The main reasons for the above dynamic failures of coal-rock mass were found to be as follows: (1) the impact load action time was very short (unit: ), and the loading and unloading stress waves were observed to occur along the direction of the radial sections, which formed high order P-waves. When the radial stress waves propagated to the surface (), they were completely reflected in the cases of no confining pressure and easily formed tensile stress waves together with the unloading stress waves. Due to the low tensile strength of coal-rock masses, tensile failure potentially formed easily on the surfaces of cylindrical coal-rock masses. (2) It was observed that multibeam tensile stress waves had formed, which had arisen during the interactions of the surface reflections of cylindrical coal-rock masses gathered at the axis center. In this way, large-amplitude tensile stress waves were formed, which easily led to serious tensile failure at the axis centers of the cylindrical coal-rock masses (). (3) When confining pressure was present, the vibration amplitude of shear stress waves along the radial section direction was observed to be the largest, and the shear stress waves were reflected and transmitted when propagating to the cylindrical coal-rock mass surfaces. Moreover, the confining pressure loading devices were mainly made of steel or alloy, with large densities and strength. The majority of the reflected stress waves were enhanced shear stress waves. These waves gathered at the axis centers, interacted with each other, and formed large-amplitude shear stress waves. And the shear strength of the coal-rock masses was found to be smaller than the compressive strength. Therefore, shear failures in the coal-rock masses could potentially easily occur, and cone-shaped failure modes were evident.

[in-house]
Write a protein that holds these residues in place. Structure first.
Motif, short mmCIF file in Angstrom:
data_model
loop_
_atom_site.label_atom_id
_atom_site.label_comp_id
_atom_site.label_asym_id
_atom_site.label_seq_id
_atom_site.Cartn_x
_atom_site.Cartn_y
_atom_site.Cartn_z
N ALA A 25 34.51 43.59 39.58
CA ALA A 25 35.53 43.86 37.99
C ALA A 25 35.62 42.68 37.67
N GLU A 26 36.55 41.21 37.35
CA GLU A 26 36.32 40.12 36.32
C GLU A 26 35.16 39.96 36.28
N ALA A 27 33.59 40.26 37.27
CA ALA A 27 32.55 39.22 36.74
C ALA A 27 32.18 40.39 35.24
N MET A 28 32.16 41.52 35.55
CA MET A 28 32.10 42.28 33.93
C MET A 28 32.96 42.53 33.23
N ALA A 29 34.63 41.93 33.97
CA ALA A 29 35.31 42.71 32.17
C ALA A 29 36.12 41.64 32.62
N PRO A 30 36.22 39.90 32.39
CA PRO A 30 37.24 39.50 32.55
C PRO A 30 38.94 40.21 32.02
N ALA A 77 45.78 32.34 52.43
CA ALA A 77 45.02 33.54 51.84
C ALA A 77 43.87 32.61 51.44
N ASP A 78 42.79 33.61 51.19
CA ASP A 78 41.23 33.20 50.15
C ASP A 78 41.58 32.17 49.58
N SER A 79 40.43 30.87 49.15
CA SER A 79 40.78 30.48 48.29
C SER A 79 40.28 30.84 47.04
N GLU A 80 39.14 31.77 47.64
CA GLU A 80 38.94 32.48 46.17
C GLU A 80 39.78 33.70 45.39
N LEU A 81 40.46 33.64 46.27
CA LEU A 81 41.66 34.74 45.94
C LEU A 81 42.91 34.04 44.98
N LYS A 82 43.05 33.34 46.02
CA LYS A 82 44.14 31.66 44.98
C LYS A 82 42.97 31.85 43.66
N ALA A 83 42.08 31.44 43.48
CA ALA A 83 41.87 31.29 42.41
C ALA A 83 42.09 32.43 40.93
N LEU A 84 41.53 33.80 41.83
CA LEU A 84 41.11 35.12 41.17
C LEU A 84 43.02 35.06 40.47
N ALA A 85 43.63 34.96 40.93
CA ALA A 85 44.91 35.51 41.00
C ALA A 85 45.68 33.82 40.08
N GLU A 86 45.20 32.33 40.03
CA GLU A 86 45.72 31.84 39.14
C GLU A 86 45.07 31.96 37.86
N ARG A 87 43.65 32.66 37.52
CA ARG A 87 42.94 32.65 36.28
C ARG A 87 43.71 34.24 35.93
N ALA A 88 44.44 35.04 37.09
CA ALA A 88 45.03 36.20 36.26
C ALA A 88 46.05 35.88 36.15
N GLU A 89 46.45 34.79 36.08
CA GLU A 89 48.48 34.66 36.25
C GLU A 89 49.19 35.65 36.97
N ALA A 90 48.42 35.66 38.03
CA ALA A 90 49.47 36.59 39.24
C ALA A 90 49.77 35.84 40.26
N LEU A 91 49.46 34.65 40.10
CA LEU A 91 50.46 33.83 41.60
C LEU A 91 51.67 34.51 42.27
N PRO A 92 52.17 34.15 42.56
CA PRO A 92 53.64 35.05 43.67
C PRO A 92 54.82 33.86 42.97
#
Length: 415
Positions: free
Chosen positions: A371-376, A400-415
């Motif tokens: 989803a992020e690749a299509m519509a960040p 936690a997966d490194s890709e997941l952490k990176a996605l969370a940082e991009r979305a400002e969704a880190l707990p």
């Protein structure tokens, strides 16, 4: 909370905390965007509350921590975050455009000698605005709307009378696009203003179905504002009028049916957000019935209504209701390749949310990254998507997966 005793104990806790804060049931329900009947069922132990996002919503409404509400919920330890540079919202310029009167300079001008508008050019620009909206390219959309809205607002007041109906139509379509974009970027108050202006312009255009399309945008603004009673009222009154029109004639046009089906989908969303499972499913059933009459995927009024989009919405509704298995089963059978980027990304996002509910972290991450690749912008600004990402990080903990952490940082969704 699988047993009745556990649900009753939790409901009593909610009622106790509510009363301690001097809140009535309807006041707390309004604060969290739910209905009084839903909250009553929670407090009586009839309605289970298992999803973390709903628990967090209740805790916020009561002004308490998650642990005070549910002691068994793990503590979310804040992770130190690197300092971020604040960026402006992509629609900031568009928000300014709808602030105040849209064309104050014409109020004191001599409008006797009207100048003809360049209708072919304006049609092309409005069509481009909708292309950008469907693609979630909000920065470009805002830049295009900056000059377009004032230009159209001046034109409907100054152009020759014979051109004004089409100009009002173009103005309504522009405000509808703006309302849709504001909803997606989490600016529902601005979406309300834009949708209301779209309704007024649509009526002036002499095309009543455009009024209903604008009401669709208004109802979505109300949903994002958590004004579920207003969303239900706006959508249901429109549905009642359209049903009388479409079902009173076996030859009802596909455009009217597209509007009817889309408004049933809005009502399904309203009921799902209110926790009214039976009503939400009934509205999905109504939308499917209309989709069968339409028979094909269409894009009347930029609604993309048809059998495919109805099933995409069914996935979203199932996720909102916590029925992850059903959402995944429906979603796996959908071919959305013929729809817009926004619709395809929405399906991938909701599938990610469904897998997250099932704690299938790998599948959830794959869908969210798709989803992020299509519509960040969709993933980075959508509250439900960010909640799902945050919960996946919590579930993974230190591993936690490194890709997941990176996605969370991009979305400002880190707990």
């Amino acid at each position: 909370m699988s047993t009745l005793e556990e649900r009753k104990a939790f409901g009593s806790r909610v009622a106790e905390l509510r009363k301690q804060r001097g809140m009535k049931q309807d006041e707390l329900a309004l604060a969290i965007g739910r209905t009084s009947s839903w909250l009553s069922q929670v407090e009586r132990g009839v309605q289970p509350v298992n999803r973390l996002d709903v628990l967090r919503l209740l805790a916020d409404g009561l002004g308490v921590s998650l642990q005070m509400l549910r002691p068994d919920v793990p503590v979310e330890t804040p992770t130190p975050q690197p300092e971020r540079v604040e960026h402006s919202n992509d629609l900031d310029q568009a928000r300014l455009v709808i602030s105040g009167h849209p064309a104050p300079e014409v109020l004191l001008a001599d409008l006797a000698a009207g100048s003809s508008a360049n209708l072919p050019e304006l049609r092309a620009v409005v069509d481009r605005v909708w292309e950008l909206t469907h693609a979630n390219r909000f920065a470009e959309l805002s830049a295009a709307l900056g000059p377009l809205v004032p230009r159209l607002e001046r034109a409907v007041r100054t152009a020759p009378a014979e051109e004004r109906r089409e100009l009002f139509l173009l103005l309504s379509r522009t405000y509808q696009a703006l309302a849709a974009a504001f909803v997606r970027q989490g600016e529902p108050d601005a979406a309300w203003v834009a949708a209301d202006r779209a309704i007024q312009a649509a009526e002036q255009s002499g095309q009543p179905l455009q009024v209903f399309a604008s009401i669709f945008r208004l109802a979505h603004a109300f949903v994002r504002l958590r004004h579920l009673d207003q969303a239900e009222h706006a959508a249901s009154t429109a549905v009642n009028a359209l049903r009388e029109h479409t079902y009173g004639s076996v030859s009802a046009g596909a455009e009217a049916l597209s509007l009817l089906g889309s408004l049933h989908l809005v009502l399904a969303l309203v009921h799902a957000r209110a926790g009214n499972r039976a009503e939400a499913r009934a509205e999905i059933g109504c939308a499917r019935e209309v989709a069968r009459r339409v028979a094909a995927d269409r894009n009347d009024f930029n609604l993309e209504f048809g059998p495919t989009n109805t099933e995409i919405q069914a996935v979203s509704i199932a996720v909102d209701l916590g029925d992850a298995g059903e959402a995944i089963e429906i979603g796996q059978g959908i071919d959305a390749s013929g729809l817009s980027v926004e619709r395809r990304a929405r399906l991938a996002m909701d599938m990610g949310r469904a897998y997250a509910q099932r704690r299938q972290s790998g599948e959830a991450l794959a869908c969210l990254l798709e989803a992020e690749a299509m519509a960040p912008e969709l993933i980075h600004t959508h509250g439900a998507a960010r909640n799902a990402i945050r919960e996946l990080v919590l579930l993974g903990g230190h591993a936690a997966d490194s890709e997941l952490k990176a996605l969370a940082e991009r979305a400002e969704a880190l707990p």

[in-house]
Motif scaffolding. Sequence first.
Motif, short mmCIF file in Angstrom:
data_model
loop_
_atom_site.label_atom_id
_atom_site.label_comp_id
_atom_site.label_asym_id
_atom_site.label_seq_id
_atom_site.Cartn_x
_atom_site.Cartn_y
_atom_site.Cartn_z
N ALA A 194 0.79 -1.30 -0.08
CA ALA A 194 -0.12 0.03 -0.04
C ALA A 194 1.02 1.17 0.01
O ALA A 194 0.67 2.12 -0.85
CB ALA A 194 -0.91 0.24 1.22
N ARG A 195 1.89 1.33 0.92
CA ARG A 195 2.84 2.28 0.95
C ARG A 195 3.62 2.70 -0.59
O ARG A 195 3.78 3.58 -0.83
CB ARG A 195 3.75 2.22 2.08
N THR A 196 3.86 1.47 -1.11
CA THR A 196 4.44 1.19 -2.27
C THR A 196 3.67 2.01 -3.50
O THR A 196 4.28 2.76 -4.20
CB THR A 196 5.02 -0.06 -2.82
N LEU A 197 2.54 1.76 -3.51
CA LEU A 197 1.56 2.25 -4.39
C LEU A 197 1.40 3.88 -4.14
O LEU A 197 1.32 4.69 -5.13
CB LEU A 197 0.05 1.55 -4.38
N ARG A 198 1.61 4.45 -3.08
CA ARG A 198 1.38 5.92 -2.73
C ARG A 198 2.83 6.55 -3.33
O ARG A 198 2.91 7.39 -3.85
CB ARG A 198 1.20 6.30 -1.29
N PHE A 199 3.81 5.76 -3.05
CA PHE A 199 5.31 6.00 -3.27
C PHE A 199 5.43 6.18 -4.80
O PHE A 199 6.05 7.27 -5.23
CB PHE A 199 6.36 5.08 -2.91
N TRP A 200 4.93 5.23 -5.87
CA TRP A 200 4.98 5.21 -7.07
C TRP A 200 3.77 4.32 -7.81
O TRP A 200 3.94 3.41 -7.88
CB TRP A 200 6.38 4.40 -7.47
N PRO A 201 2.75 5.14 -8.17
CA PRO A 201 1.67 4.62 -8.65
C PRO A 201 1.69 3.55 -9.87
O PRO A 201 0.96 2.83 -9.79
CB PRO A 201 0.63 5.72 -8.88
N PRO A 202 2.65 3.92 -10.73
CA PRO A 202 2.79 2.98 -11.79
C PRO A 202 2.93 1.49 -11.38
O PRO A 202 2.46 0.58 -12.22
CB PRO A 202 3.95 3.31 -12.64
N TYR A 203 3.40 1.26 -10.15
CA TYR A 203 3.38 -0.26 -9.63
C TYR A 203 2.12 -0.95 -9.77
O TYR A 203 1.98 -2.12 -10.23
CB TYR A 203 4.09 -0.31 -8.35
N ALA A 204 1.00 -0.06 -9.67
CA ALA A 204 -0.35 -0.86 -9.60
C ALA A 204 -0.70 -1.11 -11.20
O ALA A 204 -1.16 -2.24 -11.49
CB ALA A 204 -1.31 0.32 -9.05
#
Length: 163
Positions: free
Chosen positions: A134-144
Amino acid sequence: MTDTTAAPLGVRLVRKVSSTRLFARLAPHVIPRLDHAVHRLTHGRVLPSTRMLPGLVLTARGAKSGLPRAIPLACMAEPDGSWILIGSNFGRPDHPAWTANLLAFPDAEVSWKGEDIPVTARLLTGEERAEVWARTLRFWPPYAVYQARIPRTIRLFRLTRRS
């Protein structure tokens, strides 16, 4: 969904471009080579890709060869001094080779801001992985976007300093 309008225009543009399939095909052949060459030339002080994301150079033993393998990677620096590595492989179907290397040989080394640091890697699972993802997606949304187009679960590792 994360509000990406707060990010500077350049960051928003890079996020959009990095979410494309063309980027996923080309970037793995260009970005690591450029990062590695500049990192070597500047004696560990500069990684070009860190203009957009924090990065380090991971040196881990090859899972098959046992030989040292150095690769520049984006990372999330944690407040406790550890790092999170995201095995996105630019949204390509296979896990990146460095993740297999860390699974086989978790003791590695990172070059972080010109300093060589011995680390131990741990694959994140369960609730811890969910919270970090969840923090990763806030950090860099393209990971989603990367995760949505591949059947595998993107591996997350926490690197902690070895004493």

In summary, when there was no confining pressure present, multibeam tensile stress waves were observed to form, which had arisen during the reflection of the radial stress waves on the surfaces of the cylindrical coal-rock masses under the action of high order P-waves. And they gathered at the axis centers in a reverse radial direction, resulting in interactions and the formations of large-amplitude tensile stress waves. It was found that tensile failures easily occurred on the surfaces or at the axis centers of the cylindrical coal-rock masses. However, when confining pressure was present, the vibration amplitude of the shear stress waves in the radial section direction was observed to be the largest, and the waves were reflected and transmitted on the surfaces of the cylindrical coal-rock masses. The majority of the reflected shear stress waves would be enhanced and gather at the axis centers, interacting with each other to easily form large-amplitude shear stress waves. Therefore, the coal-rock masses easily showed shear failures when confining pressure was present.